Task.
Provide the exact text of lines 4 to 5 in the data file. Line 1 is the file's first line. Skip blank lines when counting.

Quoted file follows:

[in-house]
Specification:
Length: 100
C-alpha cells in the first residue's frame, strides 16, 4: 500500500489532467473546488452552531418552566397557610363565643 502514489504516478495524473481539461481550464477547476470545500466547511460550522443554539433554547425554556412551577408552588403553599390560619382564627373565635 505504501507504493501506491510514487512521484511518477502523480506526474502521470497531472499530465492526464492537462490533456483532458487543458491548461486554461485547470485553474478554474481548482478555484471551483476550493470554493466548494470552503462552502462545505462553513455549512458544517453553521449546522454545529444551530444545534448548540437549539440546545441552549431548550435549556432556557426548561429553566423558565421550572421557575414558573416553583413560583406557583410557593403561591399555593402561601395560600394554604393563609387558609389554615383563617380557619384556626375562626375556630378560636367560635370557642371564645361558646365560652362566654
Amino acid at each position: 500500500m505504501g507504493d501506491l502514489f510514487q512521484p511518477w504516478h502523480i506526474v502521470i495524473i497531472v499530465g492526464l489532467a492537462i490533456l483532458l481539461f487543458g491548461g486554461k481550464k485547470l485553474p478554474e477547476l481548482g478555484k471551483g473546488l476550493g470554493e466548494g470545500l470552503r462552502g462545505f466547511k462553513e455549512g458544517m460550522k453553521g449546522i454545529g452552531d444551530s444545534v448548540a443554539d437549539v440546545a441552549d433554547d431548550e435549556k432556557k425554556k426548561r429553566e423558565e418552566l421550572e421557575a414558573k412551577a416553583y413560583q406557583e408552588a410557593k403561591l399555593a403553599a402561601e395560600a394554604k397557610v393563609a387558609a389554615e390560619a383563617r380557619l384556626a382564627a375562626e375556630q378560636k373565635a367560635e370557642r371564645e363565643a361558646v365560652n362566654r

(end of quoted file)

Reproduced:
C-alpha cells in the first residue's frame, strides 16, 4: 500500500489532467473546488452552531418552566397557610363565643 502514489504516478495524473481539461481550464477547476470545500466547511460550522443554539433554547425554556412551577408552588403553599390560619382564627373565635 505504501507504493501506491510514487512521484511518477502523480506526474502521470497531472499530465492526464492537462490533456483532458487543458491548461486554461485547470485553474478554474481548482478555484471551483476550493470554493466548494470552503462552502462545505462553513455549512458544517453553521449546522454545529444551530444545534448548540437549539440546545441552549431548550435549556432556557426548561429553566423558565421550572421557575414558573416553583413560583406557583410557593403561591399555593402561601395560600394554604393563609387558609389554615383563617380557619384556626375562626375556630378560636367560635370557642371564645361558646365560652362566654
Amino acid at each position: 500500500m505504501g507504493d501506491l502514489f510514487q512521484p511518477w504516478h502523480i506526474v502521470i495524473i497531472v499530465g492526464l489532467a492537462i490533456l483532458l481539461f487543458g491548461g486554461k481550464k485547470l485553474p478554474e477547476l481548482g478555484k471551483g473546488l476550493g470554493e466548494g470545500l470552503r462552502g462545505f466547511k462553513e455549512g458544517m460550522k453553521g449546522i454545529g452552531d444551530s444545534v448548540a443554539d437549539v440546545a441552549d433554547d431548550e435549556k432556557k425554556k426548561r429553566e423558565e418552566l421550572e421557575a414558573k412551577a416553583y413560583q406557583e408552588a410557593k403561591l399555593a403553599a402561601e395560600a394554604k397557610v393563609a387558609a389554615e390560619a383563617r380557619l384556626a382564627a375562626e375556630q378560636k373565635a367560635e370557642r371564645e363565643a361558646v365560652n362566654r